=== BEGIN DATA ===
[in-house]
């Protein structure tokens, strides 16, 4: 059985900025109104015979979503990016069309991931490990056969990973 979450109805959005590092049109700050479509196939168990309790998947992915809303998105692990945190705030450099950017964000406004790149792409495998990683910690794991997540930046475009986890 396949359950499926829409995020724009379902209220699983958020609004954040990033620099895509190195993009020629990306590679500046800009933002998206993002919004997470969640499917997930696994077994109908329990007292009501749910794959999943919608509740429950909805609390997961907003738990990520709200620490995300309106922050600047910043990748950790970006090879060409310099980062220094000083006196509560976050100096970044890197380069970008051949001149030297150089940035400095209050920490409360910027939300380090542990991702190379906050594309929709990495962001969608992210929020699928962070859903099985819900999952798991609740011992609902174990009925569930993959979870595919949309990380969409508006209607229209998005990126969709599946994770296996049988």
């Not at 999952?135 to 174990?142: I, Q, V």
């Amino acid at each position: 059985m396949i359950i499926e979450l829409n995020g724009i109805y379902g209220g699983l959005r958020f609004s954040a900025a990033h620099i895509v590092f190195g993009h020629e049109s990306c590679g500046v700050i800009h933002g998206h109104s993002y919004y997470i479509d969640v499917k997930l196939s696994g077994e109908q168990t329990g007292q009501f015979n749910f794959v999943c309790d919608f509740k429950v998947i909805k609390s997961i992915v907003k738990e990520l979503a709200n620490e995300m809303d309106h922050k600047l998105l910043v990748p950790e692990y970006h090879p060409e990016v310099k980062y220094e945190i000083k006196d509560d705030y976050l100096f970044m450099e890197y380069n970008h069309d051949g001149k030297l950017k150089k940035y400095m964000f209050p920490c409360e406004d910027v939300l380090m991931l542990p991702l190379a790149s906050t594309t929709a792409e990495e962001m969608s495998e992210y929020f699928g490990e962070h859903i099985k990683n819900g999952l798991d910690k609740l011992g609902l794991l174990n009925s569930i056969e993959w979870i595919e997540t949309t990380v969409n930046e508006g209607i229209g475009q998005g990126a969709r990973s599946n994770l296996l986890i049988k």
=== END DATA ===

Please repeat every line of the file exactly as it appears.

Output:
[in-house]
């Protein structure tokens, strides 16, 4: 059985900025109104015979979503990016069309991931490990056969990973 979450109805959005590092049109700050479509196939168990309790998947992915809303998105692990945190705030450099950017964000406004790149792409495998990683910690794991997540930046475009986890 396949359950499926829409995020724009379902209220699983958020609004954040990033620099895509190195993009020629990306590679500046800009933002998206993002919004997470969640499917997930696994077994109908329990007292009501749910794959999943919608509740429950909805609390997961907003738990990520709200620490995300309106922050600047910043990748950790970006090879060409310099980062220094000083006196509560976050100096970044890197380069970008051949001149030297150089940035400095209050920490409360910027939300380090542990991702190379906050594309929709990495962001969608992210929020699928962070859903099985819900999952798991609740011992609902174990009925569930993959979870595919949309990380969409508006209607229209998005990126969709599946994770296996049988």
């Not at 999952?135 to 174990?142: I, Q, V």
């Amino acid at each position: 059985m396949i359950i499926e979450l829409n995020g724009i109805y379902g209220g699983l959005r958020f609004s954040a900025a990033h620099i895509v590092f190195g993009h020629e049109s990306c590679g500046v700050i800009h933002g998206h109104s993002y919004y997470i479509d969640v499917k997930l196939s696994g077994e109908q168990t329990g007292q009501f015979n749910f794959v999943c309790d919608f509740k429950v998947i909805k609390s997961i992915v907003k738990e990520l979503a709200n620490e995300m809303d309106h922050k600047l998105l910043v990748p950790e692990y970006h090879p060409e990016v310099k980062y220094e945190i000083k006196d509560d705030y976050l100096f970044m450099e890197y380069n970008h069309d051949g001149k030297l950017k150089k940035y400095m964000f209050p920490c409360e406004d910027v939300l380090m991931l542990p991702l190379a790149s906050t594309t929709a792409e990495e962001m969608s495998e992210y929020f699928g490990e962070h859903i099985k990683n819900g999952l798991d910690k609740l011992g609902l794991l174990n009925s569930i056969e993959w979870i595919e997540t949309t990380v969409n930046e508006g209607i229209g475009q998005g990126a969709r990973s599946n994770l296996l986890i049988k």